Apr. 8, 2020

Segun Olugboyegun


Segun Olugboyegun

Managing Director, JOF Nigeria Limited

“We are aware that there are many things coming into Nigeria for which no duty was being paid.”


Segun Olugboyegun obtained an L.L.M in Maritime Law from Kings College, University of London, is an accomplished lawyer and the founder of Segun Fagboyegun & Associates based in Lagos. He founded JOF Nigeria Limited, an end-to-end supply chain company, and has remained its Chief Executive Officer from inception to date. A Member of the Executive Council of the International Chamber of Commerce (Nigerian Chapter), Member of the Institute of Directors of London, and an Alumnus of the London Business School. He is the Chairman of Tulip Cocoa Processing Company Limited, the largest exporter of cocoa beans and cocoa products in Nigeria among others.

What is your competitive advantage, and how do you manage your loyal customer base?

Cadbury, Nestlé, Unilever, Nigerian Breweries, and Guinness are our core customers. It involves doing what you say you will do and not changing contract terms in the middle. We were able to ask our core clients on a weekly basis their raw material requirement and adjust production to fit their needs. They do not need to carry a huge stock, as a huge stock means tying down money. We are also able to tell them a single price for a consignment. Therefore, we might import and store their products in the short term; in some cases, clients want product delivered immediately, but in other cases, we have developed an arrangement where we keep the stock and deliver on a just-on-time basis, taking into account the financing and delivery costs. We have over a hundred trailers. Our competitive advantage is we carry out every delivery requested. We have many professionals in the business. As the business was developing and growing, we brought in experts from different areas; I just tell every single one to deliver on promises that we have made. In 2014, we were one of the 100 big businesses in Nigeria.

How has the closure of land boarders affected JOF and the logistics service provider industry nationwide?

Up until the border closure, we were taking finished products from Unilever Nigeria to Unilever in Ghana, as Unilever is seen as one company and Nestle is seen as one company. We would bring stock from these companies via road, and they would sell to their sister companies. Furthermore, we also brought the products they produce abroad that they sell here. If there are raw material issues, we will bring raw materials from their sister company or from other manufacturers or suppliers within ECOWAS, including Ghana and Benin. We are aware that there are many things coming into Nigeria for which no duty was being paid. This smuggling is why the federal government shut down the border. We work with most national companies, and we pay the full duty for whatever we are bringing in. In exports, we ensure the other party pays the duty at their end. As the border is closed, these goods cannot go by road anymore, but they can still go by sea freight. This process is a bit complicated, as the sea route to West Africa is not well developed. If you want to use international freight liners or large shipping companies to export goods from Nigeria, unfortunately products go from West African countries, and then Europe, before they reach Nigeria. So, if you are sending goods from Nigeria to Ghana on Maersk line, the goods will first go to Europe before coming to West African. It is complicated and there are many costs associated with it.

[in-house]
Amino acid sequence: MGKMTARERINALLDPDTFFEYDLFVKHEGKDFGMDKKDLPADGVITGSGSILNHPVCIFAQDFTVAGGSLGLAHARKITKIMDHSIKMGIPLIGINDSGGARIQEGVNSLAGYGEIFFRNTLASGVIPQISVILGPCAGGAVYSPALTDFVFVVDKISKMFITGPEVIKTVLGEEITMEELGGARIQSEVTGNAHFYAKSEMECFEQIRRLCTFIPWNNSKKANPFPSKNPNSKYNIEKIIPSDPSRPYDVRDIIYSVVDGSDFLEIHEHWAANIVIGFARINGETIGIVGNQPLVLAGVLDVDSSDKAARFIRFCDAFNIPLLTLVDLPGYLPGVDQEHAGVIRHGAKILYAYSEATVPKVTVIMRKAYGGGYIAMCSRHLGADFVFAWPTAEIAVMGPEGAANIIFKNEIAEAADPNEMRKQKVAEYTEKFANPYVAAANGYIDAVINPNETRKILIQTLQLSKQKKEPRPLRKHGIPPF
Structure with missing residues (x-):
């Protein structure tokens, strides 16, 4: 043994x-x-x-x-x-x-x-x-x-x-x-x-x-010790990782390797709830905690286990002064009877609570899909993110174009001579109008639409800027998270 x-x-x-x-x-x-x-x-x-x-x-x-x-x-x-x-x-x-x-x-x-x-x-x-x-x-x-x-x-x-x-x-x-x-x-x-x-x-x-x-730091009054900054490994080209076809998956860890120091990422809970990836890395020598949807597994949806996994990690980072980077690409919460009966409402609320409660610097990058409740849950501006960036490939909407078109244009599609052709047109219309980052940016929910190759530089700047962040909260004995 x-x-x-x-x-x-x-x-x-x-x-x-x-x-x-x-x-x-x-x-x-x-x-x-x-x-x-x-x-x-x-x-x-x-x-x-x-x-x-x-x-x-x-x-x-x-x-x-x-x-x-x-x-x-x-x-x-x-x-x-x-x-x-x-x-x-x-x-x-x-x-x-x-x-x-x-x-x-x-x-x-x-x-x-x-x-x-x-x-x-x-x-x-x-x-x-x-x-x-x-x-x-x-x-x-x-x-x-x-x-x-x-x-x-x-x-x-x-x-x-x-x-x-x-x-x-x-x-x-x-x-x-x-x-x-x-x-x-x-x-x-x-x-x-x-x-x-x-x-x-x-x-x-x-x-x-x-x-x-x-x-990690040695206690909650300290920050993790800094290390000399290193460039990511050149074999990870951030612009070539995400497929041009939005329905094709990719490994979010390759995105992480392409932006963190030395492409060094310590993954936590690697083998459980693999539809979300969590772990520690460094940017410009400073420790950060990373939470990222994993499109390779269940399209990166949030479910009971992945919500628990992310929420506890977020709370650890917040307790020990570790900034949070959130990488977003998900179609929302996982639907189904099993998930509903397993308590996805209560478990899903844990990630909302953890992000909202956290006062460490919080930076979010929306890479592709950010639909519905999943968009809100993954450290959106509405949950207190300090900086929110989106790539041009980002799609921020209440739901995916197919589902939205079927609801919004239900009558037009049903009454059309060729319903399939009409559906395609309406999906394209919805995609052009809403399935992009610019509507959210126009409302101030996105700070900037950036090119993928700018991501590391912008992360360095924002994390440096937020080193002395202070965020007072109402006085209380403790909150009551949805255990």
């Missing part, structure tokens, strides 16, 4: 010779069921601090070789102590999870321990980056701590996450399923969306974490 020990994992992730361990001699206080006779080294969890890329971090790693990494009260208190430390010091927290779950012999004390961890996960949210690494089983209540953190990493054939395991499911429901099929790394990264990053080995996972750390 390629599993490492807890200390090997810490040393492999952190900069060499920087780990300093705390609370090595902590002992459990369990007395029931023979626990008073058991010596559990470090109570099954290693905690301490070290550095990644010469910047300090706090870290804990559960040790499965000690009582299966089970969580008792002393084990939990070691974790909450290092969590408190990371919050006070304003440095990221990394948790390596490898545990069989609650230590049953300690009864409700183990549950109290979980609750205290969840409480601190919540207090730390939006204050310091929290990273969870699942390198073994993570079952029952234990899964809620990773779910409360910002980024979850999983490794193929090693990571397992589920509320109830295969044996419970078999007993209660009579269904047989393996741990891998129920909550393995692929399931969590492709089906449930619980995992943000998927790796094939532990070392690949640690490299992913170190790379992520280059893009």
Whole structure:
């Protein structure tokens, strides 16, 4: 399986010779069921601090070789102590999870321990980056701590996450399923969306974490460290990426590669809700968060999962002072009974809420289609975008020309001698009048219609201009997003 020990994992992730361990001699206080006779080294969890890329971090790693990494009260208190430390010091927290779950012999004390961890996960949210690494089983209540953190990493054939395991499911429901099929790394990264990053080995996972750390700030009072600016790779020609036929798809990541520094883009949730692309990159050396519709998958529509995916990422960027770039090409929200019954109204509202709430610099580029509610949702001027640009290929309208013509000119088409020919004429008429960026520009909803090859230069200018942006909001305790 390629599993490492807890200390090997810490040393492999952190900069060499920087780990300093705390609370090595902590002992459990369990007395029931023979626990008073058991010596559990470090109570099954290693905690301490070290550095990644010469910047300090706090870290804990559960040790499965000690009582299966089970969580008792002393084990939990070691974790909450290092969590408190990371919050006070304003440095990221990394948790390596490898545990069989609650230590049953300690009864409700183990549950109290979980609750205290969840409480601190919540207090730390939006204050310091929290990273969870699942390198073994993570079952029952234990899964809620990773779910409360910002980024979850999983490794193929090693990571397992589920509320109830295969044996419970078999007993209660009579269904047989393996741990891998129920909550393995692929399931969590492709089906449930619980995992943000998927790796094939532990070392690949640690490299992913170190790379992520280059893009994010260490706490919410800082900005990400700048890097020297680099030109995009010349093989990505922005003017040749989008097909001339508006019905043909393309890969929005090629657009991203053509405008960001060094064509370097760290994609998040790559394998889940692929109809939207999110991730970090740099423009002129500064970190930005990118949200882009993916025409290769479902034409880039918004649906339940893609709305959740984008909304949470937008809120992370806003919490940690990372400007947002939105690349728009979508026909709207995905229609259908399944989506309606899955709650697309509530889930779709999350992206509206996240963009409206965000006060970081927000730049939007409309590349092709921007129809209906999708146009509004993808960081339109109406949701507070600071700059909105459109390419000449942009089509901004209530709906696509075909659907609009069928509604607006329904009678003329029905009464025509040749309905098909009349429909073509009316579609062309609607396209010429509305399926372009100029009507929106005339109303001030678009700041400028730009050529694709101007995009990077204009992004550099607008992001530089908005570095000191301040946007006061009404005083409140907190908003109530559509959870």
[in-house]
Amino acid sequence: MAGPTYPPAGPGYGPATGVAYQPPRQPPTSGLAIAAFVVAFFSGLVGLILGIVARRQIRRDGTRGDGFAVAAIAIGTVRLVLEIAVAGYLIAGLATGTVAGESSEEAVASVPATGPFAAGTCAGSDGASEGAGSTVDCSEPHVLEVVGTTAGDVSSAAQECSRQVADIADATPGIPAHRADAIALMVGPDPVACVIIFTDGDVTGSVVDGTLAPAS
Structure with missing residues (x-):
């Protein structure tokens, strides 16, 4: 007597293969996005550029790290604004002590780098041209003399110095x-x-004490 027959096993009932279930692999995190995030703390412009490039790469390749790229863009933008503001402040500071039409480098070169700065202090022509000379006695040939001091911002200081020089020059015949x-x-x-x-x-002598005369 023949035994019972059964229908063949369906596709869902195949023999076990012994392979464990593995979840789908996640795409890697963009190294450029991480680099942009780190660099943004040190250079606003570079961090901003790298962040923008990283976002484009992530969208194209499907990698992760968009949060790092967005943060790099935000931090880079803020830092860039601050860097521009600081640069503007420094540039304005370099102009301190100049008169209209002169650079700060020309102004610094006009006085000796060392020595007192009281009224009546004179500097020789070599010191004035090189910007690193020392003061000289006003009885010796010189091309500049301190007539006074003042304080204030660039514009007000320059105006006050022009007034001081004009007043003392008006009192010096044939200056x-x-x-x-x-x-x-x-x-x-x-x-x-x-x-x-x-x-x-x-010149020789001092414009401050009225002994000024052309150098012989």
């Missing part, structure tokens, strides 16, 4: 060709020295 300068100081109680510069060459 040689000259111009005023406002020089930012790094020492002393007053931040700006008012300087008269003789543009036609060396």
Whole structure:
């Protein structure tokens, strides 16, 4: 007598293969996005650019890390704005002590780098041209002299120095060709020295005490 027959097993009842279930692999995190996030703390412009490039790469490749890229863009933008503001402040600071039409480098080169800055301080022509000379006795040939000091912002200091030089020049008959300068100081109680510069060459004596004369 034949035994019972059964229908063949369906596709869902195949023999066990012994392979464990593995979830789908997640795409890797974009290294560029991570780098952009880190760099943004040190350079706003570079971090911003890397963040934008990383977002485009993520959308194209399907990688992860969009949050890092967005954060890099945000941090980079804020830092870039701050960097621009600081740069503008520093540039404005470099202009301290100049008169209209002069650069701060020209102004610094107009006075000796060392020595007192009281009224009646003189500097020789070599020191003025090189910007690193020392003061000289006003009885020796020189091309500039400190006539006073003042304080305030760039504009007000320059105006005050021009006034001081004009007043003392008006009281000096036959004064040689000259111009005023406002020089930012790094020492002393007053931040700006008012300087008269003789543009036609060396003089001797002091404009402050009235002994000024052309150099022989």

What opportunities for diversification has road deterioration in Nigeria offered JOF?

For every problem there is a solution. Because of the road issues, we are using the train to move our cargo from the port. We have also been using barges on the waterways to move our cargo out of the port, which we have found to be effective. Due to this, we have a little port being developed where our barges can go, and, pending that, we use the Ikorudu light terminal for our barge operation. Hence, we bring in the goods by barge. Our trailers then go there, where they load the containers and take them to our clients' factories.

How will this port reduce the time of the cargo transportation, and how much cargo can it support?

It will be first and foremost for our clients, then we will open it to third and fourth parties to use. With this new port, the value we bring to our customers is that they do not have to clear their goods at the port. This was done because the process was taking too long and people were complaining. In terms of cargo support, we are looking for a space that can line up three different batches for discharge and can store up to 1,000 containers. We are supporting the operation we already do with the dry port, which is the container terminal and bonded warehouse that we have had since 2007.

What are your key priorities for this year?

We intend to complete the building of the small container mini port and terminal where there is a long jetty that can berth a few barges. They can put all their equipment there and offload onto the jetty. We can also make it into a bonded terminal so one does not have to clear the goods. Furthermore, there will be space for customs and other agencies to have their operations. It is a way of decongesting the port; thus, we are working with APMT to make this happen. Our clients have bought into this and are excited about it.